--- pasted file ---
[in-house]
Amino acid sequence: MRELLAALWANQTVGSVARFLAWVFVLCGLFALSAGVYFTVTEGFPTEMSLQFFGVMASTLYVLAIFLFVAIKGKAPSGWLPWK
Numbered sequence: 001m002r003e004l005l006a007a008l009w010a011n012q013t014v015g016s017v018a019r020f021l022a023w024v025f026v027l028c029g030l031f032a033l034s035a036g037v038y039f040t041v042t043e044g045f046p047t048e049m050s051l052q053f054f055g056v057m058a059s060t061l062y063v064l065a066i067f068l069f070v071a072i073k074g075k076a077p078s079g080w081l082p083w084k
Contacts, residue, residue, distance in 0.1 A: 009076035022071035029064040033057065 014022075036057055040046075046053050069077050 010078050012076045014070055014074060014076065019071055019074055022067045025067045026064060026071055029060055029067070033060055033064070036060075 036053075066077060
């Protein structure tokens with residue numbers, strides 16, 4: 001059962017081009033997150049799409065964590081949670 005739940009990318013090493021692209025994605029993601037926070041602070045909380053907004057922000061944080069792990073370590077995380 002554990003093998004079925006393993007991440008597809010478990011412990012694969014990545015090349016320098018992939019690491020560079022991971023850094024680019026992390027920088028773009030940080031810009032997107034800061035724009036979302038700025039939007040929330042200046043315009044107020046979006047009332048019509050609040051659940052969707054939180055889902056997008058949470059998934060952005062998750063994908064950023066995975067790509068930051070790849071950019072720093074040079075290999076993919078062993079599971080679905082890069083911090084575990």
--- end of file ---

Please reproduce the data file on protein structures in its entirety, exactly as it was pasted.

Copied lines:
[in-house]
Amino acid sequence: MRELLAALWANQTVGSVARFLAWVFVLCGLFALSAGVYFTVTEGFPTEMSLQFFGVMASTLYVLAIFLFVAIKGKAPSGWLPWK
Numbered sequence: 001m002r003e004l005l006a007a008l009w010a011n012q013t014v015g016s017v018a019r020f021l022a023w024v025f026v027l028c029g030l031f032a033l034s035a036g037v038y039f040t041v042t043e044g045f046p047t048e049m050s051l052q053f054f055g056v057m058a059s060t061l062y063v064l065a066i067f068l069f070v071a072i073k074g075k076a077p078s079g080w081l082p083w084k
Contacts, residue, residue, distance in 0.1 A: 009076035022071035029064040033057065 014022075036057055040046075046053050069077050 010078050012076045014070055014074060014076065019071055019074055022067045025067045026064060026071055029060055029067070033060055033064070036060075 036053075066077060
């Protein structure tokens with residue numbers, strides 16, 4: 001059962017081009033997150049799409065964590081949670 005739940009990318013090493021692209025994605029993601037926070041602070045909380053907004057922000061944080069792990073370590077995380 002554990003093998004079925006393993007991440008597809010478990011412990012694969014990545015090349016320098018992939019690491020560079022991971023850094024680019026992390027920088028773009030940080031810009032997107034800061035724009036979302038700025039939007040929330042200046043315009044107020046979006047009332048019509050609040051659940052969707054939180055889902056997008058949470059998934060952005062998750063994908064950023066995975067790509068930051070790849071950019072720093074040079075290999076993919078062993079599971080679905082890069083911090084575990």